2015 is fast approaching and most people are focused on setting goals, assessing the year that was and making resolutions that will help them improve their personal and professional lives in the New Year.
While this process is valuable, emphasizing the future can cause us to forget or undervalue lessons we learned in the past that — if applied — can significantly boost our knowledge, skills and success.
Given this, I’ve decided to devote my last article of 2015 to re-communicating five lessons I offered during 2014 that people have told me they found particularly impactful, or have been shared widely.
1. Become Comfortable With Data — It’s No Longer an Option: Back in January, I discussed how we’re in the midst of a health data gold rush. Events in 2014, including Apple’s push to partner with electronic medical records firm Epic and major hospitals, suggests that players are actively looking for ways to better analyze, improve and act on health data. It’s clear that understanding how data can be collected, presented and used to drive health is essential, not optional.
2. Want Innovation? Be Sure You’re Incentivizing People Properly: In February, I talked about the role incentives (whether financial, emotional or social) can play in blunting and boosting innovation. If people aren’t given the proper time, space and support, innovation just won’t happen.
3. Think Embedment, Not Engagement: In April, I introduced a concept called embedment, or the integration of digital tools, technologies and initiatives into the framework of people’s lives. In contrast, engagement is all about getting people to adopt — often new — digital health tools in the hopes they will gain significant traction. In 2014, we’ve seen firms like Walgreens engage in embedment strategies that cleverly place novel digital health tools within the context of people’s lives, whether they are at home, at the doctor’s office or clipping coupons. This “omni-digital” strategy has helped Walgreens reach and influence millions of people around the country using digital technologies in unique ways. Look for more firms to focus on embedment as a means to ensure digital technologies help improve health, medicine and wellbeing rather than get in the way.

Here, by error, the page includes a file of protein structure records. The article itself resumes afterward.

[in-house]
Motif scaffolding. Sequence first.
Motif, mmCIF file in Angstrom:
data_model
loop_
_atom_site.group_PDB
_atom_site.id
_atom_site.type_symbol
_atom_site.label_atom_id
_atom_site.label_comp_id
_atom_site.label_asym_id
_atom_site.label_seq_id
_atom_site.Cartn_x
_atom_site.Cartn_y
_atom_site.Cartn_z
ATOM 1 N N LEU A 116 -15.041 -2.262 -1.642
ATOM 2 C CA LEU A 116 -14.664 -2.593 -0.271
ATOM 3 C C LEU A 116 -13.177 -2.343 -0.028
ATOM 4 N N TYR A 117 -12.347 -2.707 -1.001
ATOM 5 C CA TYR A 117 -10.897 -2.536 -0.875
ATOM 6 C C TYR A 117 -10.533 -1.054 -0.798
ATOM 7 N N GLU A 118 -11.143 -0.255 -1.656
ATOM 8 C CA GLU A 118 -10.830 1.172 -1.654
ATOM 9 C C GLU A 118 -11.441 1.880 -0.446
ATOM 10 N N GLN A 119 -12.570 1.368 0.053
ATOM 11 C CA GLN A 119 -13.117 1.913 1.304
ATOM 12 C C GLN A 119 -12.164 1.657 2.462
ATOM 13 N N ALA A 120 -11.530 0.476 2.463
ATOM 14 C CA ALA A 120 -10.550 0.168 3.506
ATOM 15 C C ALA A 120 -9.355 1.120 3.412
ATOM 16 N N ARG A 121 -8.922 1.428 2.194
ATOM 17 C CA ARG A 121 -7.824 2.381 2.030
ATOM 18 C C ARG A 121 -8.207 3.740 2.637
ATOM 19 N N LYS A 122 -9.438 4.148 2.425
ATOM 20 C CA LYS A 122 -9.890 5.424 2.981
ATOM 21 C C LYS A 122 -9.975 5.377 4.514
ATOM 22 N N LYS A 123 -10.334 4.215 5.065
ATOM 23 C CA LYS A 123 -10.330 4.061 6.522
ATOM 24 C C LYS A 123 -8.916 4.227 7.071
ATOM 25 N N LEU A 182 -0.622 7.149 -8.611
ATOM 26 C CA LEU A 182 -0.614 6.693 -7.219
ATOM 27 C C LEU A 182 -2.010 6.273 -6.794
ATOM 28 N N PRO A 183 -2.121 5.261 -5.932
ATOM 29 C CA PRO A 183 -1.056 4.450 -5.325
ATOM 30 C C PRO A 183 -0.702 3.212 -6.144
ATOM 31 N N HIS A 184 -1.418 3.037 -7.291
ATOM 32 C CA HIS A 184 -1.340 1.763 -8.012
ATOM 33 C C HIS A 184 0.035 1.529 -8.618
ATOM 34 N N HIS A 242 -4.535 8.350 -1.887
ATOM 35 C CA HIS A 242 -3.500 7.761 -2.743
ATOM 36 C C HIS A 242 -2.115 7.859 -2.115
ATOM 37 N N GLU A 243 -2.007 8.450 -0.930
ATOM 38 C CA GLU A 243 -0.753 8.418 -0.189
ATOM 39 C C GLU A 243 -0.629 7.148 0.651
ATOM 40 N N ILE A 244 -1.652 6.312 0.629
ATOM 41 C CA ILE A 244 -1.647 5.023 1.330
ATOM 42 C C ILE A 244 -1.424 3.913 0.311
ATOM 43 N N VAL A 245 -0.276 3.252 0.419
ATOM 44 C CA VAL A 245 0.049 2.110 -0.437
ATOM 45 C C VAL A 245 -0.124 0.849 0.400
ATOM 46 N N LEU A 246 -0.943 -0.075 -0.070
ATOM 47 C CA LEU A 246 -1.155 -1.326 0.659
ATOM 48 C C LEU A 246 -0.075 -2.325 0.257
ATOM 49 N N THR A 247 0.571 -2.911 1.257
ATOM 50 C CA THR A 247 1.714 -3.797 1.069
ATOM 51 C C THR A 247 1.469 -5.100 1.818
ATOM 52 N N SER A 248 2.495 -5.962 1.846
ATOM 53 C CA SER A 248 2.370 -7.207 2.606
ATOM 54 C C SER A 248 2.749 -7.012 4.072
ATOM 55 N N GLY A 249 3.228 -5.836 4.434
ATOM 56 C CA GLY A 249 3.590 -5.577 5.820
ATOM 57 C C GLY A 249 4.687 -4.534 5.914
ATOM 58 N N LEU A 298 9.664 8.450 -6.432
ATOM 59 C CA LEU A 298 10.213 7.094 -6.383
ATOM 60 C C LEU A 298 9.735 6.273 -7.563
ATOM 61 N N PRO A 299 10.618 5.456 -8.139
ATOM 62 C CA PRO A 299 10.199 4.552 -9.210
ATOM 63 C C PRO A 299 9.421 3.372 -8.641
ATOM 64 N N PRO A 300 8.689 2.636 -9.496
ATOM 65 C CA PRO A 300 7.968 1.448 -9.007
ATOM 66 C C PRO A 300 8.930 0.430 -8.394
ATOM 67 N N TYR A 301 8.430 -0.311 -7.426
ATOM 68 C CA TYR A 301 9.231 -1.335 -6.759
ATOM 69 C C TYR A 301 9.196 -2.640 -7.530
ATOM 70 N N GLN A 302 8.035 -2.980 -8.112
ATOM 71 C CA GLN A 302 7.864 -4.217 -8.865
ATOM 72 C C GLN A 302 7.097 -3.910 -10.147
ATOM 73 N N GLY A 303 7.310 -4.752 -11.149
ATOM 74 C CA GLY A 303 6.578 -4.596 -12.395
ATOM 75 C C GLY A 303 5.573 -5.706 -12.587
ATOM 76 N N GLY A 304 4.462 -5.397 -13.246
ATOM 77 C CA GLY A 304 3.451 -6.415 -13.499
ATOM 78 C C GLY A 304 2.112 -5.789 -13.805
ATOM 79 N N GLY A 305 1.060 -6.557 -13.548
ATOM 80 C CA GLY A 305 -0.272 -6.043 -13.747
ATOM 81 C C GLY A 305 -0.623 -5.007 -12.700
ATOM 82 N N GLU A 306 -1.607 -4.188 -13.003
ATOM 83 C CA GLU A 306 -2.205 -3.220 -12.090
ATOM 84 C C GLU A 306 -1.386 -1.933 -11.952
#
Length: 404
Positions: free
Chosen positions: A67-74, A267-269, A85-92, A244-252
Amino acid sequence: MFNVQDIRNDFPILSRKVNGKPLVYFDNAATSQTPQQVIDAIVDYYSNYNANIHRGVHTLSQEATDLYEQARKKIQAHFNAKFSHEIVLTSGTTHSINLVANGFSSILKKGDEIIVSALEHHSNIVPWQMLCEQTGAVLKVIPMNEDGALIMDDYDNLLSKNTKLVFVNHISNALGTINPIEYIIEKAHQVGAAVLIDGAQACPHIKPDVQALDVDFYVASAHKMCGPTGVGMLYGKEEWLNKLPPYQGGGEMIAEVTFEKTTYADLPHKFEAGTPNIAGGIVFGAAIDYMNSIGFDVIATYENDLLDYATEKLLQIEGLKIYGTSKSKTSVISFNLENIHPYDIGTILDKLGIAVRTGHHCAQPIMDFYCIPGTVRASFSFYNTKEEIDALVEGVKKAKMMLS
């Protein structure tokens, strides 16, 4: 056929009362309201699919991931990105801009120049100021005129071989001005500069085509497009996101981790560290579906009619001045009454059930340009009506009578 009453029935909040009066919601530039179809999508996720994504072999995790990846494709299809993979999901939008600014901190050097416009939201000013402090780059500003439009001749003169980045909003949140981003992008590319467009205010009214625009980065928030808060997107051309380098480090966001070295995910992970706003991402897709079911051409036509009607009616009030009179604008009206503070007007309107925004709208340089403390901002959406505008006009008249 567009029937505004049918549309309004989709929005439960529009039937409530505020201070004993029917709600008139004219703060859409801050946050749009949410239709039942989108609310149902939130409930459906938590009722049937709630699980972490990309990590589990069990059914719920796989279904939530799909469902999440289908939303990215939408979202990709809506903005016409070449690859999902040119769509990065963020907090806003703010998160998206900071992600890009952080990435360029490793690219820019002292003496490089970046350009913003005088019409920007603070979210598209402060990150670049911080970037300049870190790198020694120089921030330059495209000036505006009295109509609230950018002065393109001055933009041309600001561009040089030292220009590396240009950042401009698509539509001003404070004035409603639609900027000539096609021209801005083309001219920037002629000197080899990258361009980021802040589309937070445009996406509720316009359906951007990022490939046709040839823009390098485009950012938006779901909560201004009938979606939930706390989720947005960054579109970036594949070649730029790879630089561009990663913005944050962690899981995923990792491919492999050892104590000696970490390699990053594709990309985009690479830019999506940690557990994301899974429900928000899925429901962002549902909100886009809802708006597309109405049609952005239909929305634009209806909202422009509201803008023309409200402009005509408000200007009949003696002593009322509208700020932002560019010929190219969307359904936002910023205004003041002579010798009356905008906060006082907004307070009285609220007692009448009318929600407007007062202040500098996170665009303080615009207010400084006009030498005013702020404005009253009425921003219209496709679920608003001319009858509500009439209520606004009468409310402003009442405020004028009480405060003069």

4. Don’t Ignore the World’s Most Powerful Health Technology: With all of the talk about wearables, sensors and other unique innovations, it’s easy to forget about the world’s most unexpectedly powerful technology: the Web (as I discussed in May). It’s a seamless, emotionally powerful connector that influences people’s health and wellness in many significant ways.
5. Going Digital Is a Matter of Dollars and Cents, Not Just Preferences: We’re used to talking about why digital is important from the perspective of patient, physician and caregiver preferences. We need to go where our customers and stakeholders are leading us, correct? Yet, as I outlined in this August essay, patients are more than willing to select certain insurance plans, hospitals or physicians based on whether they provide digital health tools and technologies. It turns out that not going digital could have significant financial implications. Think carefully about what this means for you and your work.
I’ve enjoyed sharing my knowledge and perspective with you during 2014. If you ever want to connect regarding any of the concepts and ideas I discuss in my Marketing:Health essays, click here to contact me via MediaPost (login or registration required). I respond to every contact request I receive.
Happy holidays! Have a wonderful New Year.